|System: PS2, X360, PS3, PC||Review Rating Legend|
|Dev: Pi Studios / Pandemic Studios||1.0 - 1.9 = Avoid||4.0 - 4.4 = Great|
|Pub: Electronic Arts||2.0 - 2.4 = Poor||4.5 - 4.9 = Must Buy|
|Release: Aug. 31, 2008||2.5 - 2.9 = Average||5.0 = The Best|
|Players: 1||3.0 - 3.4 = Fair|
|ESRB Rating: Teen||3.5 - 3.9 = Good|
by Pete Richards
As Mercenaries makes its current-gen debut with World in Flames, PS2 owners don't have to miss out on the destructive fun. Those who liked the mission-based sandbox style of the first Mercenaries installment will also enjoy the havoc of blowing up fully destructible environments in this title, though it's not without its flaws. Visually, Mercenaries 2 leaves much to be desired. Functionally, this seemingly watered-down PS2 version also has several gameplay issues that may annoy some players.
When playing Mercenaries 2, you have the option to choose between the three returning characters from the first title: Chris Jacobs, Mattais Nillson, or Jennifer Mui. The character models are the same comic book style as before, now wearing different uniforms, and their unrealistic look is somewhat complementary to the over-the-top action of this game (Mattais is cool!). After choosing, you are quickly thrust into the first mission, where you'll have to destroy enemy barracks and recover a hostage from Venezuelan forces. After completing the mission, you find that you have been betrayed by contractor Ramon Solano, who attempts to kill you before you narrowly escape. This is when the opening credits roll and the storyline sets up much like a film, as Solano becomes the dictator of Venezuela in an attempt to take control over the country's oil supply. Amongst the civil and political unrests, many different factions are formed throughout the country. Your job is essentially to become allies with as many factions as possible, while you seek to take out Solano and complete side-missions found throughout the large Venezuelan map.
The plotline is simple enough and everything from the cutscenes to the introduction are extremely well done. The main problem with Mercenaries 2 is apparent before you even choose your protagonist. As the start menu pans along a Venezuelan city street to give the player a sense of the environments and graphics in the game, it is initially unimpressive. Trees look poorly rendered and motionless, and streets look pixelated and jagged along curbs and sidewalks. Venezuela makes for a unique backdrop, especially while free-roaming and driving through both city streets and the countryside - it's a shame the graphics don't help accentuate the exotic location. There is a hazy hue that seems to saturate everything in sight, limiting the distance of your view and making the environments appear somewhat dull. The game lacks vibrancy in color and, graphically, it simply feels outdated. Without question, the biggest disappointment about Mercenaries 2 for PS2 owners will be the unappealing graphics that seem to have been simplified for the console.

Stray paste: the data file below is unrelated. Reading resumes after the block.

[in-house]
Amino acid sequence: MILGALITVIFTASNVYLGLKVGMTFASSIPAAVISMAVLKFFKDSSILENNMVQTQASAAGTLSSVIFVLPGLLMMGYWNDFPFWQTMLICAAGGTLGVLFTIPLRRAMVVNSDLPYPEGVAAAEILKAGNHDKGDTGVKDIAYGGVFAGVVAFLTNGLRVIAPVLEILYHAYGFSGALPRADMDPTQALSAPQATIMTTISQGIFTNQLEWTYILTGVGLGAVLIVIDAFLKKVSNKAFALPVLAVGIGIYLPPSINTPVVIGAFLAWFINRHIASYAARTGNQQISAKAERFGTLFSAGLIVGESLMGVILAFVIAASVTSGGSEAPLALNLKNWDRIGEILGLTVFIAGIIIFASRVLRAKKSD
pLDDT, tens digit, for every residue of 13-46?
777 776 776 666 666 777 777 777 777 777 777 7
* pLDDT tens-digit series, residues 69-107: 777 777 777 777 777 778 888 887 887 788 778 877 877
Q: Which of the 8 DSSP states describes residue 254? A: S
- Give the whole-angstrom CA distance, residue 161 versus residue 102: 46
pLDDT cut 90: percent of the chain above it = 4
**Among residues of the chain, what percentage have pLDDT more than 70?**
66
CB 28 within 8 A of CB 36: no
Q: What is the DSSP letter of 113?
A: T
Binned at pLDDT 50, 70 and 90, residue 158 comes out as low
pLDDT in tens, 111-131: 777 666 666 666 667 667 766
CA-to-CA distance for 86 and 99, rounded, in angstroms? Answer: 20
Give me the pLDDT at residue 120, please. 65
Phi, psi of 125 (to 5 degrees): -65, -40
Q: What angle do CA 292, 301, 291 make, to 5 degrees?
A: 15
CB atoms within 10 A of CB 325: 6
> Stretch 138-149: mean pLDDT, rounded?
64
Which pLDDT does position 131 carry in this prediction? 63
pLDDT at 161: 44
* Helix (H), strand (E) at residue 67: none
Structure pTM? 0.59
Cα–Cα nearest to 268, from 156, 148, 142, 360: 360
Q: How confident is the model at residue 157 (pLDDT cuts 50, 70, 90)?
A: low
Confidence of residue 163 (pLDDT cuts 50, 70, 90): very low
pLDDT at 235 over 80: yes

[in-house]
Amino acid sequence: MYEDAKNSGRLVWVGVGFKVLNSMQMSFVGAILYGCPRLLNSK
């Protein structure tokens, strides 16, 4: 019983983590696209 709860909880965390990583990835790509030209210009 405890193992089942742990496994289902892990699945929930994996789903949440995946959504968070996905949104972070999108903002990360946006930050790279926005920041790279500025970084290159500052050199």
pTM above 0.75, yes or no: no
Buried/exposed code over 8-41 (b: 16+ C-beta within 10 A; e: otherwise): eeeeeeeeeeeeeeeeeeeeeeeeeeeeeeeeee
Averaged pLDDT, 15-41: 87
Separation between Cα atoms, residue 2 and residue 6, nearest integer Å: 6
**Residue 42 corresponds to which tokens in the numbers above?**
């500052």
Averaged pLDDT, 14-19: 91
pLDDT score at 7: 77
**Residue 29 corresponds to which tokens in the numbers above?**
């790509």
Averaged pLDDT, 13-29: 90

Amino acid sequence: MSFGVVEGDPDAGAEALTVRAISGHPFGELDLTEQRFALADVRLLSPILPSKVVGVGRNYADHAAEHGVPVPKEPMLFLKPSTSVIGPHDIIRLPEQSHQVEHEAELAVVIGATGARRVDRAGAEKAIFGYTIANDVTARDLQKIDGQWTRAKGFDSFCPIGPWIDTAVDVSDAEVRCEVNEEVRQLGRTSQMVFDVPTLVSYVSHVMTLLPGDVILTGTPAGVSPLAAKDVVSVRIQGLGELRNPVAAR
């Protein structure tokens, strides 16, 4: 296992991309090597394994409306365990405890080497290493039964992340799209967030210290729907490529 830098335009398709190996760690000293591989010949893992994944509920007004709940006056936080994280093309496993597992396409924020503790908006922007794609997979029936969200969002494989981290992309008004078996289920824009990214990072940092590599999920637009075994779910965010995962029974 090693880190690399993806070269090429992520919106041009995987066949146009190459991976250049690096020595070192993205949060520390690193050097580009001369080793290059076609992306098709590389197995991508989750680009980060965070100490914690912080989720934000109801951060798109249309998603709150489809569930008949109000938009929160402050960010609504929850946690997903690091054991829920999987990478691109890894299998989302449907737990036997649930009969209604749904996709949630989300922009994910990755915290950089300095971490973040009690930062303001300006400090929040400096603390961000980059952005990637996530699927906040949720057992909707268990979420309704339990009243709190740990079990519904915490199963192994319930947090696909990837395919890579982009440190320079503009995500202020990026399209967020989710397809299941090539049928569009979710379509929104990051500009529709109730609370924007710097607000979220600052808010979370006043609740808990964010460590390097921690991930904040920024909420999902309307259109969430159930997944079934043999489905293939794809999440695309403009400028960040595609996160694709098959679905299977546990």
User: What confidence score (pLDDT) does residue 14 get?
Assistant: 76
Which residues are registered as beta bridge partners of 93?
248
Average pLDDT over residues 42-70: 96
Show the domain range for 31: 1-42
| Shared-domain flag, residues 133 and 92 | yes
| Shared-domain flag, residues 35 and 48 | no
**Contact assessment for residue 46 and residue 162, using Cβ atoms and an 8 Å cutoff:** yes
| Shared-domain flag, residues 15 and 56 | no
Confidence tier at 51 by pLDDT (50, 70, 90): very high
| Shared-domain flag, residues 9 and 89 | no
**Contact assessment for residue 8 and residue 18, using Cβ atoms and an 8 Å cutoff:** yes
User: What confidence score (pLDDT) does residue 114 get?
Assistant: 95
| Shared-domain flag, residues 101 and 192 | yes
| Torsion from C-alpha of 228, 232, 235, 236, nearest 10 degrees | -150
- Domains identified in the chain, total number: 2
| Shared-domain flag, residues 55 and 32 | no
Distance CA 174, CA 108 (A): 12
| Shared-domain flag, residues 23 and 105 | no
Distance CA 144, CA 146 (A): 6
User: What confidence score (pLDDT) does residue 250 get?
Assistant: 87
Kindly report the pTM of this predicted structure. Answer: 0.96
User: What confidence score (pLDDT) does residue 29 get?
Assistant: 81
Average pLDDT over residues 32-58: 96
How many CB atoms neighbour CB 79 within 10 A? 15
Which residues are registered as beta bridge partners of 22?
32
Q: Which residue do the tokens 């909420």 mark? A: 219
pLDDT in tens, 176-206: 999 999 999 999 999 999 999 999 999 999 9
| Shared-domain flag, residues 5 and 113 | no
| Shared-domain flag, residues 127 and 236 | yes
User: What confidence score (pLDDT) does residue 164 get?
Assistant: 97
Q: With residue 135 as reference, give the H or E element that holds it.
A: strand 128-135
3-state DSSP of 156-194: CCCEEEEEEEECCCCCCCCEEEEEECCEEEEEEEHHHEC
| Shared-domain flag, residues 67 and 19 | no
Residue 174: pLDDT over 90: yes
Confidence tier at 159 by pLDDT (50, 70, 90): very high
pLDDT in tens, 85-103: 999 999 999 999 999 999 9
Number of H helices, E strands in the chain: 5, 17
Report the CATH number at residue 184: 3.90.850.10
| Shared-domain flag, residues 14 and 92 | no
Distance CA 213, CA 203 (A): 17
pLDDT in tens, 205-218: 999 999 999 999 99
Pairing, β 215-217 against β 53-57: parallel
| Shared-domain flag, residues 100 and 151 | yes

On the plus side, almost everything on the map is completely destructible, which is what made the first Mercenaries so appealing. Buildings can be leveled to their foundation in a large cloud of smoke and debris. Walls and barracks can be destroyed the same way. Concrete becomes cracked after being struck with a mighty blast, and the over-the-top physics of cars flying into the air when being blown up make for humorous visuals. Taking a tank out on a terror spree is one of the most fun aspects of the game as you bring Venezuela completely to its knees. Buildings stay smoldering for several minutes, as do cars, before they disappear, so you can admire your work from the cockpit. When on foot, your C4 bombs do a good job of leveling large structures, as does a rocket launcher. Taking a helicopter on a tirade is a whole other element that makes the game worthwhile. My biggest complaint about the environments is that for some reason trees and shrubbery are among the only things that are completely indestructible, which makes absolutely no sense. While roaming on foot or behind the wheel, sometimes you will find a shrub that completely blocks your path, making it impossible to get through. You can lace a tree with C4 and hit the detonator as many times as you want, but it won't topple. I'm not exactly sure why the developers seem to think a shrub is mightier than a brick wall, but it is a very noticeable flaw.